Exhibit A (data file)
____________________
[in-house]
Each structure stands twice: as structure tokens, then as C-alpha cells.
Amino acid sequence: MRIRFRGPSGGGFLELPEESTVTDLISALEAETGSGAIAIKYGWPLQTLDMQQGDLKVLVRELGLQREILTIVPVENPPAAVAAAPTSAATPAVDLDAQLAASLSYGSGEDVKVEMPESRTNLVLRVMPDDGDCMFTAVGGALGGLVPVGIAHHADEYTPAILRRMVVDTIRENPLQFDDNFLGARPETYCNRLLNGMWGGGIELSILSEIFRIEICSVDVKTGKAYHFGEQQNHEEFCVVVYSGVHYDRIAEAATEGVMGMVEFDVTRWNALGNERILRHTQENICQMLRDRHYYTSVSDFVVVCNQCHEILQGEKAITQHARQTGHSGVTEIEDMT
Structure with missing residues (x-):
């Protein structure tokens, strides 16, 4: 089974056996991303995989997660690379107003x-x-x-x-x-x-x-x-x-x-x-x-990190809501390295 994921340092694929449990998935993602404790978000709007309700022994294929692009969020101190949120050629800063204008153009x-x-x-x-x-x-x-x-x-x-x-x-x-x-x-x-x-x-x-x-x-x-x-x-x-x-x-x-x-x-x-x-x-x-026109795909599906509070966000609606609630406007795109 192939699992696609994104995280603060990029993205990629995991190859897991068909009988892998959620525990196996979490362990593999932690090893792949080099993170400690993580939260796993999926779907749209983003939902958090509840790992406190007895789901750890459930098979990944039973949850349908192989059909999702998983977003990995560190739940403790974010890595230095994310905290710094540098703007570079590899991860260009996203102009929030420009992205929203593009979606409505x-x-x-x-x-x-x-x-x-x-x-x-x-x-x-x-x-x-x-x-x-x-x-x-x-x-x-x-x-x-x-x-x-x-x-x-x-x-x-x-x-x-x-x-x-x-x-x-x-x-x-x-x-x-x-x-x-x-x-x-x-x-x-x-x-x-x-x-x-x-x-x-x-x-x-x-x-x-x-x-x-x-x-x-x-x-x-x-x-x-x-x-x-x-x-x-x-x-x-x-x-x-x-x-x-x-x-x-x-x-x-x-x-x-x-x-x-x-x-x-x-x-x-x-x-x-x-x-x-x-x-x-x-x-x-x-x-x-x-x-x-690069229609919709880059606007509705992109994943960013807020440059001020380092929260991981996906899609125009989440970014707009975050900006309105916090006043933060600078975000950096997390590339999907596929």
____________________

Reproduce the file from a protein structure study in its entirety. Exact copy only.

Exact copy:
[in-house]
Each structure stands twice: as structure tokens, then as C-alpha cells.
Amino acid sequence: MRIRFRGPSGGGFLELPEESTVTDLISALEAETGSGAIAIKYGWPLQTLDMQQGDLKVLVRELGLQREILTIVPVENPPAAVAAAPTSAATPAVDLDAQLAASLSYGSGEDVKVEMPESRTNLVLRVMPDDGDCMFTAVGGALGGLVPVGIAHHADEYTPAILRRMVVDTIRENPLQFDDNFLGARPETYCNRLLNGMWGGGIELSILSEIFRIEICSVDVKTGKAYHFGEQQNHEEFCVVVYSGVHYDRIAEAATEGVMGMVEFDVTRWNALGNERILRHTQENICQMLRDRHYYTSVSDFVVVCNQCHEILQGEKAITQHARQTGHSGVTEIEDMT
Structure with missing residues (x-):
């Protein structure tokens, strides 16, 4: 089974056996991303995989997660690379107003x-x-x-x-x-x-x-x-x-x-x-x-990190809501390295 994921340092694929449990998935993602404790978000709007309700022994294929692009969020101190949120050629800063204008153009x-x-x-x-x-x-x-x-x-x-x-x-x-x-x-x-x-x-x-x-x-x-x-x-x-x-x-x-x-x-x-x-x-x-026109795909599906509070966000609606609630406007795109 192939699992696609994104995280603060990029993205990629995991190859897991068909009988892998959620525990196996979490362990593999932690090893792949080099993170400690993580939260796993999926779907749209983003939902958090509840790992406190007895789901750890459930098979990944039973949850349908192989059909999702998983977003990995560190739940403790974010890595230095994310905290710094540098703007570079590899991860260009996203102009929030420009992205929203593009979606409505x-x-x-x-x-x-x-x-x-x-x-x-x-x-x-x-x-x-x-x-x-x-x-x-x-x-x-x-x-x-x-x-x-x-x-x-x-x-x-x-x-x-x-x-x-x-x-x-x-x-x-x-x-x-x-x-x-x-x-x-x-x-x-x-x-x-x-x-x-x-x-x-x-x-x-x-x-x-x-x-x-x-x-x-x-x-x-x-x-x-x-x-x-x-x-x-x-x-x-x-x-x-x-x-x-x-x-x-x-x-x-x-x-x-x-x-x-x-x-x-x-x-x-x-x-x-x-x-x-x-x-x-x-x-x-x-x-x-x-x-x-690069229609919709880059606007509705992109994943960013807020440059001020380092929260991981996906899609125009989440970014707009975050900006309105916090006043933060600078975000950096997390590339999907596929």